The Holy Roman Empire
The Holy Roman Empire existed from 962 to 1806. Otto the Great reunited most of the lands of Charlemagne’s empire.
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So, after Charlemagne died and his empire was split up among his three grandsons, the lands weren’t going to be all under one ruler again until Otto the Great was able to do that, or at least reunite most of those lands.
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When Otto was crowned emperor by the Pope in 962, the lands under his control became known as the Holy Roman Empire. Otto’s crowning marked the beginning of a succession of emperors that would continue unbroken for over eight centuries, and that period would be when the Holy Roman Empire existed. Now, for Otto be a Holy Roman emperor, he had to be crowned by the Pope. So, Charlemagne was also crowned by the Pope and was the first Holy Roman Emperor, but the Holy Roman Empire isn’t considered to exist until 962 when Otto the Great is crowned emperor. And from then on, there is an unbroken line of succession of emperors for over eight centuries.
Now, Otto involved the Church in his government. The Church helped put him in power, the Church crowned him emperor, and so, in turn, he was involving the Church in his government. But he tried to limit its power. He still wanted to be able to have a lot of the control of his empire, but the Church was very powerful, and the Church leaders slowly but steadily acquired power until they had great control over even the everyday activities of most citizens. So, Otto was still the emperor, but the Church leaders had a lot of the power, and they were the ones making a lot of the rules.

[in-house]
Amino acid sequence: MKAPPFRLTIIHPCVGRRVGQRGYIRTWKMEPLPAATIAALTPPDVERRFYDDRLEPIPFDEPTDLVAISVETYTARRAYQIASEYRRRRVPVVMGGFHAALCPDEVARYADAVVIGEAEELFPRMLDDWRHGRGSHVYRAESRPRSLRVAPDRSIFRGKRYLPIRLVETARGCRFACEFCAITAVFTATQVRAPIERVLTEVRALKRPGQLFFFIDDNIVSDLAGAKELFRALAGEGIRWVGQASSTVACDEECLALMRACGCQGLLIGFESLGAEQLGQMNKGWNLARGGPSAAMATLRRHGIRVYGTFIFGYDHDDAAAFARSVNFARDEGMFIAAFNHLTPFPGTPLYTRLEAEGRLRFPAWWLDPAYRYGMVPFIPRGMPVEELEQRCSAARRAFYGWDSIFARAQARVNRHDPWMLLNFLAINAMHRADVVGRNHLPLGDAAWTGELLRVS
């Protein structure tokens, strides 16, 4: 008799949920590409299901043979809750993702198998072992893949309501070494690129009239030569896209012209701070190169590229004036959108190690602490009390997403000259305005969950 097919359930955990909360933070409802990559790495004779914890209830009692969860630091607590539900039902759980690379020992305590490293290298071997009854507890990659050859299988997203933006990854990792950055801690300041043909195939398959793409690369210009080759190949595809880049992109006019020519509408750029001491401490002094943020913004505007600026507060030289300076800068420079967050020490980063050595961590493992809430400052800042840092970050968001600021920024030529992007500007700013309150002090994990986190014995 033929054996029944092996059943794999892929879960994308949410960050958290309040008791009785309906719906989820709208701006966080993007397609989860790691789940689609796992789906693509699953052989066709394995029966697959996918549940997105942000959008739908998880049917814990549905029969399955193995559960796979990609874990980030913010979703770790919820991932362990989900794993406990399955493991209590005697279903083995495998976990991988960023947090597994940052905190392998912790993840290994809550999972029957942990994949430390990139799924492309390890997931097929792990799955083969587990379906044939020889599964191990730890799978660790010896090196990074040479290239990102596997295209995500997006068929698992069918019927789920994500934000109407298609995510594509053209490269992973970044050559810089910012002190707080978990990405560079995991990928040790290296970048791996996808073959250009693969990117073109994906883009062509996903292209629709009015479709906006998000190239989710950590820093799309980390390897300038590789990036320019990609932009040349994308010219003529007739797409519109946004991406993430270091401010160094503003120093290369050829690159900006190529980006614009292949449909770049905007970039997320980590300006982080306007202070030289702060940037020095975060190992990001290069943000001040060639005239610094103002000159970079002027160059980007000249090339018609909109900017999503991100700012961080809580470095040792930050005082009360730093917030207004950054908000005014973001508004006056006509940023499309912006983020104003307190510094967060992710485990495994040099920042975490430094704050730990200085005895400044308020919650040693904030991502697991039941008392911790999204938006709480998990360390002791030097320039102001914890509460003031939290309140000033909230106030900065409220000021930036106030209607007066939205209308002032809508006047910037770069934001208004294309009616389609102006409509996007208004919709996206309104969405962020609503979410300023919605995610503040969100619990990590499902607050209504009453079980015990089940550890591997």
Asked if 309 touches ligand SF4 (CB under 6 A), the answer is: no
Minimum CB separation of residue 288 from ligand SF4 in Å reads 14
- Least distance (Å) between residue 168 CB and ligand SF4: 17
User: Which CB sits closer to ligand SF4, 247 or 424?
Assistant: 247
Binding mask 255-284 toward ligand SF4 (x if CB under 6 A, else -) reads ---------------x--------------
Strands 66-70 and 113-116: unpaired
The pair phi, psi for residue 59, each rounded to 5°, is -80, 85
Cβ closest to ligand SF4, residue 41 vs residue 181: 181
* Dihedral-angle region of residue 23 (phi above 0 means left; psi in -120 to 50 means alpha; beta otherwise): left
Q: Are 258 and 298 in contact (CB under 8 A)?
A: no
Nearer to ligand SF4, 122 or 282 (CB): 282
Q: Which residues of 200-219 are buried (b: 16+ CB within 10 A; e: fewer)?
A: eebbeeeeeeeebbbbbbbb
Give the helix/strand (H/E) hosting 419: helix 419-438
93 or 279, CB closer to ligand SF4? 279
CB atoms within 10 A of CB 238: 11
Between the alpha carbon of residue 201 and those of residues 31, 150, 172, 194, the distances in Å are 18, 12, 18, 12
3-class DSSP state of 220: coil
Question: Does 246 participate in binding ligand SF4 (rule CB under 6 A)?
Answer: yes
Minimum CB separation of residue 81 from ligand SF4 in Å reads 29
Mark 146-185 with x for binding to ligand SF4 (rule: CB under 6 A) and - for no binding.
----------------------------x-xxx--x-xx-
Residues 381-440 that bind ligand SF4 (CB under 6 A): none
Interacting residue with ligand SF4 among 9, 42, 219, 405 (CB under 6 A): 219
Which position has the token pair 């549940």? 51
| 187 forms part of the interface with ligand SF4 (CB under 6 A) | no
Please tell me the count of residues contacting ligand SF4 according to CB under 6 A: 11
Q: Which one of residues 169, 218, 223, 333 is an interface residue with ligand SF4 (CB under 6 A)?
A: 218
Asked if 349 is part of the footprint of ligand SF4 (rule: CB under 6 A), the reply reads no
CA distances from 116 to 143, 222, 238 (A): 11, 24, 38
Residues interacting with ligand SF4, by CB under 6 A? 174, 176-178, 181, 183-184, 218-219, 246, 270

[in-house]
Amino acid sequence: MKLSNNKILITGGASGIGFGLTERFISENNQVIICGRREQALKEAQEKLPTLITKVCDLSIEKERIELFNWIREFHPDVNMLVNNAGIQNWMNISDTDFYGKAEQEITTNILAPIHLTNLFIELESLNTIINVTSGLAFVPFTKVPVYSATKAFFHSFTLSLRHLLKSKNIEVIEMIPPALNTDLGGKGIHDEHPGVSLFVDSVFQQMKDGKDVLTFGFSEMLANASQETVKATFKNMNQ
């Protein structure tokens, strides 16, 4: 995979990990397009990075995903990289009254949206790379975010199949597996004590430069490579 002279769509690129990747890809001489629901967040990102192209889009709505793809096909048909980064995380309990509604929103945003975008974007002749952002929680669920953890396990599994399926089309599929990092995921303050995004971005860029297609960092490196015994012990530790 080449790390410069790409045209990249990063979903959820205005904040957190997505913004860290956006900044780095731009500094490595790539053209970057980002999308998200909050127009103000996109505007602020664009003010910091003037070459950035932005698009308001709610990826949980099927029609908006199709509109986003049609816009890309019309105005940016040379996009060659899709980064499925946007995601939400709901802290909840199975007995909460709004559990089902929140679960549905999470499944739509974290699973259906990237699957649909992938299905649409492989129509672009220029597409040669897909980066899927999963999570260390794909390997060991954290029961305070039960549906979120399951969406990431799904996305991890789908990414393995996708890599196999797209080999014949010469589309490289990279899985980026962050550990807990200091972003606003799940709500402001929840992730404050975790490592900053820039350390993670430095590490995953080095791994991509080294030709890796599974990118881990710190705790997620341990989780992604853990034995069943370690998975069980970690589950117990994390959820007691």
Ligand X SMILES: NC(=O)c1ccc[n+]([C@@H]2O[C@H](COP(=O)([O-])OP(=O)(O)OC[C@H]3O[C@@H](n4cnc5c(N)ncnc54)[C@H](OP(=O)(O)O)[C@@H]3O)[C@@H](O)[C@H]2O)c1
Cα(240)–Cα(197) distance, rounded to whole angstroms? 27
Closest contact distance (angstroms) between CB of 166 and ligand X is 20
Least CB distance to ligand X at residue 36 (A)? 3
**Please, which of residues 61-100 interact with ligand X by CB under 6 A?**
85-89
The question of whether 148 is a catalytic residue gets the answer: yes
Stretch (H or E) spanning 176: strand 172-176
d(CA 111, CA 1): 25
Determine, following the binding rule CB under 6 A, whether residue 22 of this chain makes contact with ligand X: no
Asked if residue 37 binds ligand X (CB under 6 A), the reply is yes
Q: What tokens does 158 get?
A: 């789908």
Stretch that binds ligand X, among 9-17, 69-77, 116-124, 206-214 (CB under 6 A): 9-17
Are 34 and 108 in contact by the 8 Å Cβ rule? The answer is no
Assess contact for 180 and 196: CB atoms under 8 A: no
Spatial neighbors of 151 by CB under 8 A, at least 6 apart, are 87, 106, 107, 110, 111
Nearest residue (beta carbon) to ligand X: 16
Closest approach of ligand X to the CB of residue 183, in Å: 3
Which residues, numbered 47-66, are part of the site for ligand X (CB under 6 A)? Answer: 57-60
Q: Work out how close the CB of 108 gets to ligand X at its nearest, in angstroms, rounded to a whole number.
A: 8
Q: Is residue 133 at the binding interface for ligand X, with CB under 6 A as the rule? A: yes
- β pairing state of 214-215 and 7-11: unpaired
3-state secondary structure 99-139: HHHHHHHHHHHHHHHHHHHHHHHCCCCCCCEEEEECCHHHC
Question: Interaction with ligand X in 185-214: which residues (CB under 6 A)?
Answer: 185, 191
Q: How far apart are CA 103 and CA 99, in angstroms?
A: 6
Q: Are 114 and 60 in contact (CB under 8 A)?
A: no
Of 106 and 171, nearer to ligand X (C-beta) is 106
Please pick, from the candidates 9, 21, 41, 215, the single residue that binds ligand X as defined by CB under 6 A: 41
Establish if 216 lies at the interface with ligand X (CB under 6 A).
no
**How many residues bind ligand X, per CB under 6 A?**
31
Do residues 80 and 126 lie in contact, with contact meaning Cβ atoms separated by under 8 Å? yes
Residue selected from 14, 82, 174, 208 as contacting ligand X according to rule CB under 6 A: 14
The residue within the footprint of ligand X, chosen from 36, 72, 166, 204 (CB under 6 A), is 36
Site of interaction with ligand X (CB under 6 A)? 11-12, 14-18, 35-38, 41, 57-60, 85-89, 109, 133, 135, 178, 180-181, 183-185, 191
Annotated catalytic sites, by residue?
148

All of that power corrupted many of the Church leaders. So, where the Church is supposed to be the example for people to follow, and they’re supposed to be following all the rules in the Bible, they’re supposed to be Christians, they’re supposed to be doing the right things, many of them were corrupted by the power. And an example of that is that many Church officials practiced simony, which is the buying and selling of important positions. So, Church leaders may have gotten in power by buying themselves that position.
They could’ve said, “Oh, I really want to be a Church leader because they have so much power. Well, I’ve got this money, I’ll give it to the Church and they’ll make me one of their leaders.” Or a Church leader may say, “Oh, well, we need some more money,” or “We need that plot of land. If we make the owner of that land one of our leaders, then we can have that land, and do with it as we want to.” So, the buying and selling of these important Church positions was a very common practice during this time because the Church had become corrupt.
One of Otto’s legacies was the rivalry between the Church and the state. So, this is going to continue throughout the whole of the Holy Roman Empire, where the Church is corrupt, the Church has a lot of power, and whoever the emperor is, is going to be fighting to keep his government in control, or at least to have a good portion of the control, which is not easy to do since the Church had already become so powerful. And the Holy Roman Empire was going to consist of emperors that had been crowned by the Church, so there was always going to be this relationship between the emperor and the Church.
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